“From an evolutionary perspective, the mate value of a high-status woman is more ambiguous. Though a woman high in status may be well equipped to attain resources for her partner and children, previous research suggests that men evolved to seek female partners who were best equipped to bear and raise children, but not necessarily to support them.”

Unsurprisingly, men were deemed less attractive overall than women were, in line with previous findings that women are harsher judges of the opposite sex.

Overall, the findings reinforce both evolutionary theories and gender norms. It won’t make the “gender as a social construct” folks happy, but then, they have very little reason to cheer these days. Virtually all recent academic studies confirm the evolutionary and genetic basis of gender differences.

“This…is also consistent with socio-cultural gender norms which, in many cultures, require that women appear submissive and vulnerable, and men dominant and confident. Individuals whose behavior and appearance is consistent with these gender norms tend to be considered most attractive, so a proud man and happy woman may be valued for reasons of gender-norm consistency, as well as for their potentially high mate value.”

I am not suggesting that women be submissive and vulnerable, only that it is strategically advantageous for them to appear so. Perhaps women need to learn to compartmentalize their behavior. What works at the office has no place in the bedroom, and vice versa.

The research was conducted using photographs, leading to the question of whether these findings might hold true in real life.

“Given the importance of first impressions, and the frequency with which potential partners meet via a single photo (e.g., on social networking/dating websites), these findings provide new insight to our understanding of why certain people successfully attract others, why others do not, and how individuals seeking a mate should regulate their emotions. Smiles tend to be socially appropriate across many situations, but there are contexts in which the appearance of sexual attractiveness is valued over social correctness. The present results suggest that men may need to choose between these competing social goals, but women do not.”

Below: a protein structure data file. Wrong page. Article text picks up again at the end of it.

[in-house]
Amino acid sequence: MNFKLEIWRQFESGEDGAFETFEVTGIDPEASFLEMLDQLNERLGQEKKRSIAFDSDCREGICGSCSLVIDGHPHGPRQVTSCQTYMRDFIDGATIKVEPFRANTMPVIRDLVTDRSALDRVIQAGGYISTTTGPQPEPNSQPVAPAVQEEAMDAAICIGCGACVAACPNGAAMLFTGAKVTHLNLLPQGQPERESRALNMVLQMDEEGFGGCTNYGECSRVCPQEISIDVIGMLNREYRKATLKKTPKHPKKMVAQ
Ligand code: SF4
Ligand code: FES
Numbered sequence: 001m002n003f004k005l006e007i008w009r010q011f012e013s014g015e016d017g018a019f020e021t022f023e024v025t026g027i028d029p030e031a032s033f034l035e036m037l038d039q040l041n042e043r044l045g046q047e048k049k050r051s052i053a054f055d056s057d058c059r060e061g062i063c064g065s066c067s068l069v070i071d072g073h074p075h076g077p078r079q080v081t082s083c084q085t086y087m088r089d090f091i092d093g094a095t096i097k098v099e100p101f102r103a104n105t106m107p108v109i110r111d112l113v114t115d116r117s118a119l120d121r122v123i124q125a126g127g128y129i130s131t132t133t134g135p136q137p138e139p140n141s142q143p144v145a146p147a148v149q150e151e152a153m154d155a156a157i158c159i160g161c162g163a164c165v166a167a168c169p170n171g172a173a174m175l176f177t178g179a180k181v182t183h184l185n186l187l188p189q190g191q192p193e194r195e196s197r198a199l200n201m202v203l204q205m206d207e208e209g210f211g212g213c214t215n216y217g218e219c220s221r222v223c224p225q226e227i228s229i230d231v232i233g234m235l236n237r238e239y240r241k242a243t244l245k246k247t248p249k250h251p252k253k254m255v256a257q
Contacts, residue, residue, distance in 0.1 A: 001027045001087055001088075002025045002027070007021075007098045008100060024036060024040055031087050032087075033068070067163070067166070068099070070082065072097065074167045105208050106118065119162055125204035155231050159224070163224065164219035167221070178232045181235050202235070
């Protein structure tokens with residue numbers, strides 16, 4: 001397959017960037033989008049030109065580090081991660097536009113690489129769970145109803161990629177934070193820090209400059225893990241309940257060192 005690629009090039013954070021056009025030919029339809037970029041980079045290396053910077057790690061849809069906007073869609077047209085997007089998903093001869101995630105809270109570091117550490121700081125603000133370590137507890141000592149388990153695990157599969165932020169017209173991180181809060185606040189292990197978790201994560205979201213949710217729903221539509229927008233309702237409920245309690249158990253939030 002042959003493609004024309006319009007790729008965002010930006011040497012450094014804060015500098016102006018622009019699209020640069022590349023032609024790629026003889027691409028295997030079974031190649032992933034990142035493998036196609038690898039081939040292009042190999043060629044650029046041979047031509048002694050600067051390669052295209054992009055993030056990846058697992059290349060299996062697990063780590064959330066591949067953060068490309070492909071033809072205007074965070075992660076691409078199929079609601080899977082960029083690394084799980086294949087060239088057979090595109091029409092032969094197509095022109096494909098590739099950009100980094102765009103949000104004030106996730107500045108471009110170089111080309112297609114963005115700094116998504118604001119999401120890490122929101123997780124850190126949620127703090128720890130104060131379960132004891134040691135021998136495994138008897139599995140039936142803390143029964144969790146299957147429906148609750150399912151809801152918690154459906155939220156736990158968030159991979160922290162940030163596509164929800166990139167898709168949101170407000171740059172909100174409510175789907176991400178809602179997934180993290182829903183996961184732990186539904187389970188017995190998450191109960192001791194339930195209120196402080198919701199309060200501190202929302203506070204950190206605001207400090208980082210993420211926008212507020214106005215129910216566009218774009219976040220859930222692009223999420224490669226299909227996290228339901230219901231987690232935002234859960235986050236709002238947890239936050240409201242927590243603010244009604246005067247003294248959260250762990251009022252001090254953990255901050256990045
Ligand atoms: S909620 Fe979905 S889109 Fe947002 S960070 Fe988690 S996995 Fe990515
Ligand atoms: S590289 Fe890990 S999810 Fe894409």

Again, I would not suggest that men find reasons to brood or behave in an anti-social manner. However, it may benefit a male to smile judiciously at first, perhaps using a smile to indicate that a woman is pleasing him once he has established dominance. Maybe this is the real reason for the curse of the nice guy – too much affability up front, as demonstrated by smiling, signals low status and too strong a desire to please.

Coincidentally, the LA Times recently ran an article featuring the finding of those whiz kids who write the OKCupid blog, and their analysis of user data confirms the study’s findings:

The advice: Women, flirt with the camera for your profile photo. Men, try giving it a cold shoulder.

The reasoning: Compared with women looking away from the camera, those who smiled or made what OkCupid analysts called a “flirty-face” tended to get about 1.5 additional new messages a month. But men who tried an aloof, no-eye-contact strategy got a better response to their emails — about 90% success compared with 60% if they made eye contact in their photos. From the blog: “Maybe women want a little mystery. What is he looking at?”

Our scientists say: “We and other researchers have documented that men interpret a woman’s smile as a signal of sexual interest,” Buss says. “So flirty smiles trigger what we call men’s ‘sexual over-perception bias.’” Or, as McCord puts it, “Flirting works. Duh.”

But only for women, not men. “There is good evidence that men high in status smile less and that smiling is sometimes interpreted as a sign of submissiveness. Also, some male smiles can look like leers, so it’s good to avoid those,” Buss says.

That doesn’t mean men should play aloof in person. McCord adds, “Looking into the distance draws the women in — but as the negotiation continues, kindness and generosity will begin to play a bigger role.”

Go forth and smile, or not, according to your evolutionary blueprint.